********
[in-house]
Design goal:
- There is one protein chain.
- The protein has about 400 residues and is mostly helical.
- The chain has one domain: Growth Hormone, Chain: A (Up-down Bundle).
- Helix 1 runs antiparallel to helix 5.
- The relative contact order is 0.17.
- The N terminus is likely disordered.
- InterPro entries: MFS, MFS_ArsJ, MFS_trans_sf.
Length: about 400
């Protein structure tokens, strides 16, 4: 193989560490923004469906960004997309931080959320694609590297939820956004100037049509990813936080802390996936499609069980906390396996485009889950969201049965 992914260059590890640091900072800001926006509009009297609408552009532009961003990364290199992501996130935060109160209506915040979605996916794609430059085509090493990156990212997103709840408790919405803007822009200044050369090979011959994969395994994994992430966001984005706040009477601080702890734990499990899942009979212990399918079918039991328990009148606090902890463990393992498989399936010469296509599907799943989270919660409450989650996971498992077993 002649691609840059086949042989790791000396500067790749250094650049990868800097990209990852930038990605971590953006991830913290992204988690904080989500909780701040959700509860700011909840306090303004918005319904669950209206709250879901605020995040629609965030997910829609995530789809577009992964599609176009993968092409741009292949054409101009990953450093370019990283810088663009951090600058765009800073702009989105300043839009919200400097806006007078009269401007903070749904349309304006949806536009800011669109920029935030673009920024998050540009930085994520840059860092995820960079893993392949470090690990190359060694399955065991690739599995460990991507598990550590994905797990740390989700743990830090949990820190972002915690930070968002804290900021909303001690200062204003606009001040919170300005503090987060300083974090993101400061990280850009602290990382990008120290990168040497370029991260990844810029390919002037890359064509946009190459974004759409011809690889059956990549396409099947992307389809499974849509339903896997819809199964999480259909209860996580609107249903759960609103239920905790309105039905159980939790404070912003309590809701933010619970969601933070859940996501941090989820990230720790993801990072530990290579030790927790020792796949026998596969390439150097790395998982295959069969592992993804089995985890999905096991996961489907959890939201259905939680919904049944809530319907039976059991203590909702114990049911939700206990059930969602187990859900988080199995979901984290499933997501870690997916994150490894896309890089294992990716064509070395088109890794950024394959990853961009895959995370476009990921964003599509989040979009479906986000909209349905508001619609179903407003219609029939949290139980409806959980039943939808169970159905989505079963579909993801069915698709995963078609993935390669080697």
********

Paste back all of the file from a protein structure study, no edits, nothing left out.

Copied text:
[in-house]
Design goal:
- There is one protein chain.
- The protein has about 400 residues and is mostly helical.
- The chain has one domain: Growth Hormone, Chain: A (Up-down Bundle).
- Helix 1 runs antiparallel to helix 5.
- The relative contact order is 0.17.
- The N terminus is likely disordered.
- InterPro entries: MFS, MFS_ArsJ, MFS_trans_sf.
Length: about 400
């Protein structure tokens, strides 16, 4: 193989560490923004469906960004997309931080959320694609590297939820956004100037049509990813936080802390996936499609069980906390396996485009889950969201049965 992914260059590890640091900072800001926006509009009297609408552009532009961003990364290199992501996130935060109160209506915040979605996916794609430059085509090493990156990212997103709840408790919405803007822009200044050369090979011959994969395994994994992430966001984005706040009477601080702890734990499990899942009979212990399918079918039991328990009148606090902890463990393992498989399936010469296509599907799943989270919660409450989650996971498992077993 002649691609840059086949042989790791000396500067790749250094650049990868800097990209990852930038990605971590953006991830913290992204988690904080989500909780701040959700509860700011909840306090303004918005319904669950209206709250879901605020995040629609965030997910829609995530789809577009992964599609176009993968092409741009292949054409101009990953450093370019990283810088663009951090600058765009800073702009989105300043839009919200400097806006007078009269401007903070749904349309304006949806536009800011669109920029935030673009920024998050540009930085994520840059860092995820960079893993392949470090690990190359060694399955065991690739599995460990991507598990550590994905797990740390989700743990830090949990820190972002915690930070968002804290900021909303001690200062204003606009001040919170300005503090987060300083974090993101400061990280850009602290990382990008120290990168040497370029991260990844810029390919002037890359064509946009190459974004759409011809690889059956990549396409099947992307389809499974849509339903896997819809199964999480259909209860996580609107249903759960609103239920905790309105039905159980939790404070912003309590809701933010619970969601933070859940996501941090989820990230720790993801990072530990290579030790927790020792796949026998596969390439150097790395998982295959069969592992993804089995985890999905096991996961489907959890939201259905939680919904049944809530319907039976059991203590909702114990049911939700206990059930969602187990859900988080199995979901984290499933997501870690997916994150490894896309890089294992990716064509070395088109890794950024394959990853961009895959995370476009990921964003599509989040979009479906986000909209349905508001619609179903407003219609029939949290139980409806959980039943939808169970159905989505079963579909993801069915698709995963078609993935390669080697």